Patients who suffer from dental anxiety are less likely to go to the dentist. This increases their likelihood of developing dental problems, which can, in turn, make their dental anxiety even worse. It’s important for dentists to be able to help alleviate their patients’ dental anxiety and make them feel more comfortable and willing to attend regular appointments. Methods of alleviation, which will will depend on the severity of the patients’ dental anxiety, can range from conversing with the patient to medical sedation techniques.
Meet with the Patient
If you know of a patient who suffers from dental anxiety, scheduling a meeting to have a conversation can help. It’s best to do this without having a dental appointment or checkup scheduled. This way, the patient will be more relaxed and more likely to attend.
Having the conversation in the dental environment is also beneficial. The patient may feel anxious at first being in the dental facility. But if they are made aware that they are just having a conversation and not being treated, they should feel reassured and convinced to come. Being in and around the dental environment allows patients to familiarize themselves with the practice without worrying about being examined.
During the meeting, discussing the patient’s dental anxiety with them can help you to understand why they may suffer from the condition, whether it’s through previous experiences or a fear of pain. This way, you can get an idea of why they suffer from anxiety and see what can be done to ease it. If the patient sees the dentist as genuinely interested and caring, they may feel less dental anxiety.
Make Them Feel Calm
Once you meet the patient, it’s important to make them feel calm and comfortable. Even something such as a simple, personal introduction can help to put patients at ease. Often, patients find the experience of going to the dentist quite impersonal due to a lack of communication, which can increase anxiety. A smile and a handshake can go a long way.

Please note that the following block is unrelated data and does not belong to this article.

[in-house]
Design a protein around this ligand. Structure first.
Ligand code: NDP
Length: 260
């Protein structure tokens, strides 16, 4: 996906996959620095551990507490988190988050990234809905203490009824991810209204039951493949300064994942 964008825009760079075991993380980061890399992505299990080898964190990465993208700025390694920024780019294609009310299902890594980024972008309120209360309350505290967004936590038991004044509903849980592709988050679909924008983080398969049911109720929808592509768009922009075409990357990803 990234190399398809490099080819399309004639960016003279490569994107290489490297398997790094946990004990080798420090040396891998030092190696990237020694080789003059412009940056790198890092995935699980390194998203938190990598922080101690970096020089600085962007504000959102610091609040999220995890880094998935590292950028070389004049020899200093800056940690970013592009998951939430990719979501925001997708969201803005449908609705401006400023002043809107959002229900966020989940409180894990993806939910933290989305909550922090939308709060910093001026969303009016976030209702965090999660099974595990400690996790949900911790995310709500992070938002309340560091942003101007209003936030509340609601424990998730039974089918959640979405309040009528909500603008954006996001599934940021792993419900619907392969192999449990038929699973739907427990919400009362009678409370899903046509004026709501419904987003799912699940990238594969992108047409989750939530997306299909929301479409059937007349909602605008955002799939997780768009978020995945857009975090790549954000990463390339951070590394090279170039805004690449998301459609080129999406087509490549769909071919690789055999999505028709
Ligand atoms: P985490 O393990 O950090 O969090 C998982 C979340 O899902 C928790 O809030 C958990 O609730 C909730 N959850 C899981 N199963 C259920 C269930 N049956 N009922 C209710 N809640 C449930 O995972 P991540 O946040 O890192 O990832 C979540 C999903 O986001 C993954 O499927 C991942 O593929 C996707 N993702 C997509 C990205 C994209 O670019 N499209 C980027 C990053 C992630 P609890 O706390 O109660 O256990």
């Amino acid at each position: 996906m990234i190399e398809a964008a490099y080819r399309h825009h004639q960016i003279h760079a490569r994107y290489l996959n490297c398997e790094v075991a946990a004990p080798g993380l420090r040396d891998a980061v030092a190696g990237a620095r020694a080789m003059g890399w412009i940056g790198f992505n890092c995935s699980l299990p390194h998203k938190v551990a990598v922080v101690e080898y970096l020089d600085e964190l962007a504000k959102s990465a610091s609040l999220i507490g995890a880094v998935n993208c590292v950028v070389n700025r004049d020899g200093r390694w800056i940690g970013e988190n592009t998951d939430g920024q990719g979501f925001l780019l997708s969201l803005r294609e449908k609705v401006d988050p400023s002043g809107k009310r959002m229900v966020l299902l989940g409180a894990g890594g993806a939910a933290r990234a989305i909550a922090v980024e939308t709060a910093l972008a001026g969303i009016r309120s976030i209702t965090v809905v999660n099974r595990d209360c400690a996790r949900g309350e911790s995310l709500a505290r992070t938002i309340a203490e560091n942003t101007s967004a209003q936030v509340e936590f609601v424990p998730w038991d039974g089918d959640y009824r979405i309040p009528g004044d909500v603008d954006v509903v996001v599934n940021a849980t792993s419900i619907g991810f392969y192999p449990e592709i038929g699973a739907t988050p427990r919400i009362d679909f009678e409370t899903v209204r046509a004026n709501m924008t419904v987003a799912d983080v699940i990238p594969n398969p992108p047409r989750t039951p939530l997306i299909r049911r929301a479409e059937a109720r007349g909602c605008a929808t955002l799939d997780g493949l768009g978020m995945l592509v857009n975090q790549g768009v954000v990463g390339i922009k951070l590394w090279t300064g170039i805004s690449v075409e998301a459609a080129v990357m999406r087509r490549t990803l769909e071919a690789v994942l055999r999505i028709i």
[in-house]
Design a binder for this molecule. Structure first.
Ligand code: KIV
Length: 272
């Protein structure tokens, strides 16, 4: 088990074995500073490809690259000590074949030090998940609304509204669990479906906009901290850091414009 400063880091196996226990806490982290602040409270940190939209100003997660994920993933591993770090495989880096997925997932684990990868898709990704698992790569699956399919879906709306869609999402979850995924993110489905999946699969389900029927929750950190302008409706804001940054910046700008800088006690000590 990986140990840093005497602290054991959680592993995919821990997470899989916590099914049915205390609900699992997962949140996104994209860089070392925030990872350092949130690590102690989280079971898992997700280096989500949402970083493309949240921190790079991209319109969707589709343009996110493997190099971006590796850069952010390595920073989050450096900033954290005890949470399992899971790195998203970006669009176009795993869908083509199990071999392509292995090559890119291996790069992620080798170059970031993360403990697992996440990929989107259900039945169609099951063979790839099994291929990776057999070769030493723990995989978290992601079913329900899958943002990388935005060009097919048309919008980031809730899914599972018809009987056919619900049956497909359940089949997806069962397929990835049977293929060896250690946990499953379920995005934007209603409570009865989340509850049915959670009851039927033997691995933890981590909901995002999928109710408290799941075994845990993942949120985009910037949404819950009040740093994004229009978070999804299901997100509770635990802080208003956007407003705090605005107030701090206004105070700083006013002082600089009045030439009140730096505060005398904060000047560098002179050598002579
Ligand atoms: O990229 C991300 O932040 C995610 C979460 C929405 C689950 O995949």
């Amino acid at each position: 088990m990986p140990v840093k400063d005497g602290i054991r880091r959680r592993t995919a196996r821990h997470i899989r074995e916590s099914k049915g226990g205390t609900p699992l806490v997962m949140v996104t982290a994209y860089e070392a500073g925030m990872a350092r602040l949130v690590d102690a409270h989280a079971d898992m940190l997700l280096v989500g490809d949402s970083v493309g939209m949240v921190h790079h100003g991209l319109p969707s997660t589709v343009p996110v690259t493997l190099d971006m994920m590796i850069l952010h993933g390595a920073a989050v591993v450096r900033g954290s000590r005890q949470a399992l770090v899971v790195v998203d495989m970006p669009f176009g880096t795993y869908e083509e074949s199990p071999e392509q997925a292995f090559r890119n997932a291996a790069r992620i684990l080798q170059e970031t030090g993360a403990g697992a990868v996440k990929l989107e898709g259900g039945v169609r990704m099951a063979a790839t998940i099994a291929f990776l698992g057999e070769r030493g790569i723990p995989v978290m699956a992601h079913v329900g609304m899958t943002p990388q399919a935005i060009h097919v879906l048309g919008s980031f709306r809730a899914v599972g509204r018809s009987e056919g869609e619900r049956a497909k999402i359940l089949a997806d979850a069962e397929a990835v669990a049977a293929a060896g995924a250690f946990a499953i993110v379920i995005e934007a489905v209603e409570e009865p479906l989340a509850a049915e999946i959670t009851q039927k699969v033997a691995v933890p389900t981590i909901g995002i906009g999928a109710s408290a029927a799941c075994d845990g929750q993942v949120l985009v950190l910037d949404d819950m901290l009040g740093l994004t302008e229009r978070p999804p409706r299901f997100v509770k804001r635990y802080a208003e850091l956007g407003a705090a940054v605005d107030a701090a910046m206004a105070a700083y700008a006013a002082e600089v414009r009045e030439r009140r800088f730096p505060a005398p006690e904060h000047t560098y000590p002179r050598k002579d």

Plenty of things can be done to the environment to help the patient feel more at ease. Dimming the lights in the waiting room can help calm patients. Also, having a television switched on can provide a welcome distraction for patients who suffer from dental anxiety.
Once the patient moves from the waiting room into the dental office, hiding any dental instruments also can be beneficial. Having sunglasses ready for them can help distract them as well. Plus, listening to calm music can help the patient relax, whether it’s through headphones or a speaker.
Reduce the Number of Appointments
Once the patient is in the treatment chair, speaking with them and explaining that you want to minimize the number of visits will provide them with relief. Having a quick but not rushed procedure is also beneficial. Making the process as quick and comfortable for the patient as possible helps to reduce dental anxiety. Knowing they won’t need to return for months once they leave the practice can set their mind at ease.
Briefing the patient about what the procedure will involve will also reduce anxiety. Once the first appointment is complete and the patient hasn’t experienced any unexpected surprises, coming back for another appointment will be easier.
If there are no issues that need immediate treatment, then starting the patient off with a simple cleaning or checkup is recommended. These procedures are a lot less anxiety-inducing than others, such as filling or extracting a tooth. The patient also will be more likely to return if the first experience is pleasant.
Sedation and Medication
If the patient suffers from severe dental anxiety or phobia, antianxiety medication and conscious sedation may be necessary. This can include using nitrous oxide to calm the patient or even deep sleep treatment in some cases.
Nitrous oxide can be used to relax the patient for the first few sessions. Once they have been treated a few times and feel calmer about the experience, though, the patient will be more willing to be treated without any sedation.
Dental anxiety and dental phobia affect a significant minority of adults, which can be a major cause of dental issues. There is no specific alleviation for dental anxiety. Treatment will depend on the individual patient as well as on the severity of the anxiety.
Utilizing a combination of human emotion and sedation techniques if necessary is useful. However, articulating a genuine interest in the patient and trying to understand them showcases your concern and can go a long way in convincing them that they are in a safe and caring environment.
Mr. McPhillips is a content writer for Dental Arch, which provides support, education, and guidance, to aspiring dental professionals. He can be reached at firstname.lastname@example.org.
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